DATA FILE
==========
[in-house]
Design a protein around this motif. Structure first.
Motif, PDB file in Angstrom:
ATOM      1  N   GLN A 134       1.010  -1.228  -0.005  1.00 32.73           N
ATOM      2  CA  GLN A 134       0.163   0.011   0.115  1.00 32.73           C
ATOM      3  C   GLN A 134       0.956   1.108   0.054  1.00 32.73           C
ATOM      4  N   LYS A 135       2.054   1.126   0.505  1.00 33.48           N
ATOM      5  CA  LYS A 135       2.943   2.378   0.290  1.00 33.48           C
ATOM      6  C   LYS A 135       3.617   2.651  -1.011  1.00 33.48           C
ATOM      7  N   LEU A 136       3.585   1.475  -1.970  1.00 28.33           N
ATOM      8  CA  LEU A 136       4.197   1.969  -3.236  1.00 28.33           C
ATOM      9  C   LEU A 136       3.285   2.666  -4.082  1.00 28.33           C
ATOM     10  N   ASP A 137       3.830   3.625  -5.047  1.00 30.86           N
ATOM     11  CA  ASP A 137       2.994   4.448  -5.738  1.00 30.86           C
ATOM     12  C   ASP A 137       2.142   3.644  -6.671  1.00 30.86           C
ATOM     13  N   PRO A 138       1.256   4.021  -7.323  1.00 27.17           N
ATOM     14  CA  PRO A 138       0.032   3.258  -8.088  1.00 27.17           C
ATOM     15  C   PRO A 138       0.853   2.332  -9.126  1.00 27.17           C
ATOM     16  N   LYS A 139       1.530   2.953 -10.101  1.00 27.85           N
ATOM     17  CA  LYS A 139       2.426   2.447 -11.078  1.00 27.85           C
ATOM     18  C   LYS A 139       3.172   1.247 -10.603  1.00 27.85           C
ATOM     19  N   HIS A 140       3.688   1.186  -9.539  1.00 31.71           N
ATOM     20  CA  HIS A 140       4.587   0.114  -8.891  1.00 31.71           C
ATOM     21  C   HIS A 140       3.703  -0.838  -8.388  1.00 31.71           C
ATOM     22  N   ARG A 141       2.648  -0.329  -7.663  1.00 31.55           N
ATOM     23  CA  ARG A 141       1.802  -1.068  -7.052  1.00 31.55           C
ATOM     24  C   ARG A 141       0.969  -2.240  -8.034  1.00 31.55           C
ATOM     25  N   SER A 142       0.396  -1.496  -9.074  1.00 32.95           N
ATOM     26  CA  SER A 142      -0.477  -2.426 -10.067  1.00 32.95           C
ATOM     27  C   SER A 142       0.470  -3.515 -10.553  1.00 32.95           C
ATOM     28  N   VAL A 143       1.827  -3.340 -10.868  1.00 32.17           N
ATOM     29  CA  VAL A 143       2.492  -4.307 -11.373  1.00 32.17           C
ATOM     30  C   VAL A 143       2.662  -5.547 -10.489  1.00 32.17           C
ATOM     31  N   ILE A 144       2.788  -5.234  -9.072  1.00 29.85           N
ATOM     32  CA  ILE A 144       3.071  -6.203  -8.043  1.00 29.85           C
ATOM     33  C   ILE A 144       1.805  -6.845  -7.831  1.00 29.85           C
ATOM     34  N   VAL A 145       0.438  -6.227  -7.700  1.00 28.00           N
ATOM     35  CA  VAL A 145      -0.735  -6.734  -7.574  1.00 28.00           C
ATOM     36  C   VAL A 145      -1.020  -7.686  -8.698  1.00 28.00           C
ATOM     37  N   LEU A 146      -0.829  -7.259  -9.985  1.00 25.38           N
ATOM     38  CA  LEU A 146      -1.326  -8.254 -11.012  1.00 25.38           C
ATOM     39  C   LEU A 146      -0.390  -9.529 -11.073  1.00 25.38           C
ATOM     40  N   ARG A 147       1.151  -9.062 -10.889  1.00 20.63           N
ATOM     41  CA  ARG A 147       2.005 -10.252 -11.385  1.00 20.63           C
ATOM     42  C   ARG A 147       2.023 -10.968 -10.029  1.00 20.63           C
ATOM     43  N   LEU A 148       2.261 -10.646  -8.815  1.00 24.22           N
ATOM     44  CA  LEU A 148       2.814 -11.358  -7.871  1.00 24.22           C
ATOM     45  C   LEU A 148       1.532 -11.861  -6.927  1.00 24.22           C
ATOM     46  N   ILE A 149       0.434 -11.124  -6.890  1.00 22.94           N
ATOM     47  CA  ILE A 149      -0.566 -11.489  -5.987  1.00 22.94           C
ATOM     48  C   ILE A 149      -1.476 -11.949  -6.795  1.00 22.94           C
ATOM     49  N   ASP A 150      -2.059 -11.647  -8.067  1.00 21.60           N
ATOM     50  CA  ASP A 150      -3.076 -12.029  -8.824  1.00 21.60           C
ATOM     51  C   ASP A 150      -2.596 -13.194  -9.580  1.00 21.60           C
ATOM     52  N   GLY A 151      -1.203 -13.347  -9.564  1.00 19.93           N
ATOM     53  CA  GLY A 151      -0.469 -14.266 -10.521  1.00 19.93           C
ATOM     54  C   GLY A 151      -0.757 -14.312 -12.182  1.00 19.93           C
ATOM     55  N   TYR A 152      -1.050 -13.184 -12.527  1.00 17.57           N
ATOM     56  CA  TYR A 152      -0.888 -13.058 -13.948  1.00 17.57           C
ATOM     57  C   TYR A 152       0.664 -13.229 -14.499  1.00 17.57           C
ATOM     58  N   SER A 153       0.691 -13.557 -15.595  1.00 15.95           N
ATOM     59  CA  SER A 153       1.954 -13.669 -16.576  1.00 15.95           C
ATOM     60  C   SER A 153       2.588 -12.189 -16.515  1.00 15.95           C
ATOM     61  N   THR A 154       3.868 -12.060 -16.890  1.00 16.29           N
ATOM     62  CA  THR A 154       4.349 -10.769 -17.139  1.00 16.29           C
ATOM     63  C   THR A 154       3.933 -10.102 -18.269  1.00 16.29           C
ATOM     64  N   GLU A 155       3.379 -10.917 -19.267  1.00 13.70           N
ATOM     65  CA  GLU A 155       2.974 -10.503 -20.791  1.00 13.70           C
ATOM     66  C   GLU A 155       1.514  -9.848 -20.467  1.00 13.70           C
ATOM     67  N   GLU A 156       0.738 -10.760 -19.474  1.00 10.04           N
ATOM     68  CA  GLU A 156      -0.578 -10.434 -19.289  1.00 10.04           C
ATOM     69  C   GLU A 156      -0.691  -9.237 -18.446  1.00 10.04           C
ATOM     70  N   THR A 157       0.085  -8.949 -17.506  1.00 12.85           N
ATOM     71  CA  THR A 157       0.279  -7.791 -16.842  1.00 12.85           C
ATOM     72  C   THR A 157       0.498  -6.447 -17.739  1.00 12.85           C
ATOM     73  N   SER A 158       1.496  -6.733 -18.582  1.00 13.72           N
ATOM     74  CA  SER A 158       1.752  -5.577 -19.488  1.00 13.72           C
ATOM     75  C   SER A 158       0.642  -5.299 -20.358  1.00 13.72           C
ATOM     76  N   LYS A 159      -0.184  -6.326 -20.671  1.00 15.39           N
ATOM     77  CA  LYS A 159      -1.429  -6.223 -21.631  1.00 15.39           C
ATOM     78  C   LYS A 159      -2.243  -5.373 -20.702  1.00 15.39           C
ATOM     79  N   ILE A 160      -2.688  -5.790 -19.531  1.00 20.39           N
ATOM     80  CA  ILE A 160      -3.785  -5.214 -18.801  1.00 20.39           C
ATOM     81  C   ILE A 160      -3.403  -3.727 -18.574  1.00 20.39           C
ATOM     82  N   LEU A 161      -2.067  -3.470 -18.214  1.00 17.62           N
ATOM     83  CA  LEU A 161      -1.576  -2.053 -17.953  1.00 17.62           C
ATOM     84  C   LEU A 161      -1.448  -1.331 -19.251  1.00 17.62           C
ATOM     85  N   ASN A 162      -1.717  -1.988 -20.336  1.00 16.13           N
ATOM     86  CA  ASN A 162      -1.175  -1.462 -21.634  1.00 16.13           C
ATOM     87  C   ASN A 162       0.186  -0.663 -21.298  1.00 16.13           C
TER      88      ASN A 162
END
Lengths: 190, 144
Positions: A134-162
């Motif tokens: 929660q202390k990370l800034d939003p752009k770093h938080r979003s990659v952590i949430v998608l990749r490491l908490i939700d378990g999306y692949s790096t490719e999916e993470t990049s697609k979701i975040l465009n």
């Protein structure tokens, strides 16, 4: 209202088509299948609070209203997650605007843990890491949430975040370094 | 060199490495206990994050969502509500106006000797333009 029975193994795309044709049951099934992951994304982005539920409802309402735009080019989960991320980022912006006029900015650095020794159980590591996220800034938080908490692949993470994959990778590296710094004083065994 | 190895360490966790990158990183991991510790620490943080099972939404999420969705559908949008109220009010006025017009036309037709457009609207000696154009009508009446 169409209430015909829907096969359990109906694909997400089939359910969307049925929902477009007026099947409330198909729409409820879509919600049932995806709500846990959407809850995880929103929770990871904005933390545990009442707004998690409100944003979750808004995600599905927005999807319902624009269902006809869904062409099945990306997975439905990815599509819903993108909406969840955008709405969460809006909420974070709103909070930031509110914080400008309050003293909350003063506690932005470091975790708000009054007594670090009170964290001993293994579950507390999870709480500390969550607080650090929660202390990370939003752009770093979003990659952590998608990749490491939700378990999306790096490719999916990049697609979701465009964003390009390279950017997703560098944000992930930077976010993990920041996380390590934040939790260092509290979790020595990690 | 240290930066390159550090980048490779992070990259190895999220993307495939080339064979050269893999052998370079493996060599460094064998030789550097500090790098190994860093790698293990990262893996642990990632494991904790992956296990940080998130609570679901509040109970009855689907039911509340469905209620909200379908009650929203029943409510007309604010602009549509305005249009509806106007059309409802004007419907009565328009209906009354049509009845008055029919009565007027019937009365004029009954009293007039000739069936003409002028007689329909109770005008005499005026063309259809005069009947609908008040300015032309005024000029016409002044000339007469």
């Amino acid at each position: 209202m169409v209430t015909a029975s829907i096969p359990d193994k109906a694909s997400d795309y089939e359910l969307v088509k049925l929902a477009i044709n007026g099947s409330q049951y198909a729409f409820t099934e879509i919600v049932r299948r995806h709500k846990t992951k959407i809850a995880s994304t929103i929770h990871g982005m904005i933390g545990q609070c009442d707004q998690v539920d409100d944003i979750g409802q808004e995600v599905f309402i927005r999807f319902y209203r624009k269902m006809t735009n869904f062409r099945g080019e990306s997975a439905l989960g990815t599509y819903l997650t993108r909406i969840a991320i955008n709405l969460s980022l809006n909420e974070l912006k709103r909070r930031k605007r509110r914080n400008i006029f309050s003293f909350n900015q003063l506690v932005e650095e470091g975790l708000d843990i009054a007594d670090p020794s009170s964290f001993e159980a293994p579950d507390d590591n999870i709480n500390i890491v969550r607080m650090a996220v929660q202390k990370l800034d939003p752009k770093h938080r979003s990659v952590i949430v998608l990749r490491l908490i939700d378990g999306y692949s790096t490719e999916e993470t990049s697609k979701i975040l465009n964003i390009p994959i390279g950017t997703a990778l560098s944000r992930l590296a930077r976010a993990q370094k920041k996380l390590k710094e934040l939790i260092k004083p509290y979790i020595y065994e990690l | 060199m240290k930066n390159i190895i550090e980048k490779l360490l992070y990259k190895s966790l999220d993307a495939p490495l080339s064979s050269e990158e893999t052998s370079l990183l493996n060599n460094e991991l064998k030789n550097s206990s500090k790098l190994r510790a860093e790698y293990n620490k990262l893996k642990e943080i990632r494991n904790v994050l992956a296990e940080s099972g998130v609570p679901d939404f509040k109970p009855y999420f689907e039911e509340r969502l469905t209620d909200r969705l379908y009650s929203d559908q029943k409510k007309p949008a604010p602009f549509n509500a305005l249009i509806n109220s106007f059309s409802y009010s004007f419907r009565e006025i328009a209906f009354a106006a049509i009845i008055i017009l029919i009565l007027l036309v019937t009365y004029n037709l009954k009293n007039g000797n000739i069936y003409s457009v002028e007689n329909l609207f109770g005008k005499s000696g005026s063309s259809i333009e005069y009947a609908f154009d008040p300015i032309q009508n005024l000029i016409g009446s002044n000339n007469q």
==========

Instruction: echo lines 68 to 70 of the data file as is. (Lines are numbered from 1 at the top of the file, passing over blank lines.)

ATOM     65  CA  GLU A 155       2.974 -10.503 -20.791  1.00 13.70           C
ATOM     66  C   GLU A 155       1.514  -9.848 -20.467  1.00 13.70           C
ATOM     67  N   GLU A 156       0.738 -10.760 -19.474  1.00 10.04           N